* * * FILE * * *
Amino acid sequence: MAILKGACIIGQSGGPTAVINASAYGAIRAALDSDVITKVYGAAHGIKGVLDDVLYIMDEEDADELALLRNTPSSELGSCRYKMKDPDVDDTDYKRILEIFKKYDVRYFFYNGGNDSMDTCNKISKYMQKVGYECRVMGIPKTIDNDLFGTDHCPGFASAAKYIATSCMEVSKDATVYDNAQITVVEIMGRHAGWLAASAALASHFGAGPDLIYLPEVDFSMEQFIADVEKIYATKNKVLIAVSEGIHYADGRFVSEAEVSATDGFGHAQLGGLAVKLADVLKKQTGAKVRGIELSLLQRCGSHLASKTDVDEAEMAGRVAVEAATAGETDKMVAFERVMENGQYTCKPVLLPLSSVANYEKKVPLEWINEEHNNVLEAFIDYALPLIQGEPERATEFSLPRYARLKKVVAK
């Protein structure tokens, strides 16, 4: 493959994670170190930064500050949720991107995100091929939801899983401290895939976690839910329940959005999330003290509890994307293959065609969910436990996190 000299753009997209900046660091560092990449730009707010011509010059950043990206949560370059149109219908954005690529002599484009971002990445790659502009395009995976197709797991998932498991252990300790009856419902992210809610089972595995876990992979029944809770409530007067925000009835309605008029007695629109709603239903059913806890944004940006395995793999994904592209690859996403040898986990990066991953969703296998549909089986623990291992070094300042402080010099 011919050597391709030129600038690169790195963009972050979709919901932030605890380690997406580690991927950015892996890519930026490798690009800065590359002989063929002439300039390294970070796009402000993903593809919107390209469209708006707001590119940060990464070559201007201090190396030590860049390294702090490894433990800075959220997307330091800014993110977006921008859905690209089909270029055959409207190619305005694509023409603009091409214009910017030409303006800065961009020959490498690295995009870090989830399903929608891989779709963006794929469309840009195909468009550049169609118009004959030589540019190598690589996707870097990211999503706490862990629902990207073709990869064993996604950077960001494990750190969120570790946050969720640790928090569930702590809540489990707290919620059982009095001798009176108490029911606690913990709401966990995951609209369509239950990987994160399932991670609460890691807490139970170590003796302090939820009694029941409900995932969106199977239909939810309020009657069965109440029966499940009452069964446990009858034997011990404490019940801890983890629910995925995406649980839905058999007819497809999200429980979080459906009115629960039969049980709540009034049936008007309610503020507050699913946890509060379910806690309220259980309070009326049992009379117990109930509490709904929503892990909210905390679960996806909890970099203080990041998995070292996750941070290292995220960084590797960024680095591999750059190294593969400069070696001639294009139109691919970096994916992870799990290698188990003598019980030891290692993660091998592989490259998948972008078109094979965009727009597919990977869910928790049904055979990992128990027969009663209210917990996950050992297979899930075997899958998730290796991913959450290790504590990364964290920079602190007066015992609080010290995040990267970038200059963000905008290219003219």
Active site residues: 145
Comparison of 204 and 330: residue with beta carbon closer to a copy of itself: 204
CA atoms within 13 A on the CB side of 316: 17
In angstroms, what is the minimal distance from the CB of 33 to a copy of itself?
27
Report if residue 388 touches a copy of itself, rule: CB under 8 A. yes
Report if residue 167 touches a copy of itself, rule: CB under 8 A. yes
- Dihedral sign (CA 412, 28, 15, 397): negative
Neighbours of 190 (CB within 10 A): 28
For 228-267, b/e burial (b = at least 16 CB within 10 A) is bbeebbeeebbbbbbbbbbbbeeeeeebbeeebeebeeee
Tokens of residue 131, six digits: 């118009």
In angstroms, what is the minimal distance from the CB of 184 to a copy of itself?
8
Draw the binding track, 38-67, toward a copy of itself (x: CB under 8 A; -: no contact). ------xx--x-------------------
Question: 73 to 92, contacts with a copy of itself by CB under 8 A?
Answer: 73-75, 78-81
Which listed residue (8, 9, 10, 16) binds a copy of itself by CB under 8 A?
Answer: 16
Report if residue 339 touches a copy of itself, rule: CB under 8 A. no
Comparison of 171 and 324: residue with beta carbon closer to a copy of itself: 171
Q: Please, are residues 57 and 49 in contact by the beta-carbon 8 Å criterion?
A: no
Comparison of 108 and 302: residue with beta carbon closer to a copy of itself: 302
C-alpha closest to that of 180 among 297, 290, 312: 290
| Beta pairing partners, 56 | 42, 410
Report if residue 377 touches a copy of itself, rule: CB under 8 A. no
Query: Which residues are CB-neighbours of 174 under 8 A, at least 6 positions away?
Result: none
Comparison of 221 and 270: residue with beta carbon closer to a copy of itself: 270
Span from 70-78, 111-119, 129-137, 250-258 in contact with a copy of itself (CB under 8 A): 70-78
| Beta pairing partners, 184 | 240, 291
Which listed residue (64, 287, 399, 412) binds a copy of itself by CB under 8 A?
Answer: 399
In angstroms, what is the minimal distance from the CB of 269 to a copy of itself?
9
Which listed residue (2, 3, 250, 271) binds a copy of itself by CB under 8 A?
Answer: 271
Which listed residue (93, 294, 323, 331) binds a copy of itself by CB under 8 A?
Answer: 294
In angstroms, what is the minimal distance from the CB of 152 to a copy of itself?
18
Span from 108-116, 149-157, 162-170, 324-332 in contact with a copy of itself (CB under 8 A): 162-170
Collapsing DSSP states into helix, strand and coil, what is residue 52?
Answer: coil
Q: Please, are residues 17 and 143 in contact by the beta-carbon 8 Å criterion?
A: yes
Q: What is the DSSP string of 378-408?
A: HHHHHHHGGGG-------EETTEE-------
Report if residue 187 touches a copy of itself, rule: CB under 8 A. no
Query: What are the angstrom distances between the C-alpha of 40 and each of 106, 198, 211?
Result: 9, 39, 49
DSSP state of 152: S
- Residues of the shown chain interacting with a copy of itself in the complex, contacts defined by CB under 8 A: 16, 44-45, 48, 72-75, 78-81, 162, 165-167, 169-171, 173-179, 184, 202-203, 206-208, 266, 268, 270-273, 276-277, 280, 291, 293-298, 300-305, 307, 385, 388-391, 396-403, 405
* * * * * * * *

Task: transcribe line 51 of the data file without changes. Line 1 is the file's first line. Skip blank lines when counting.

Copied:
Report if residue 187 touches a copy of itself, rule: CB under 8 A. no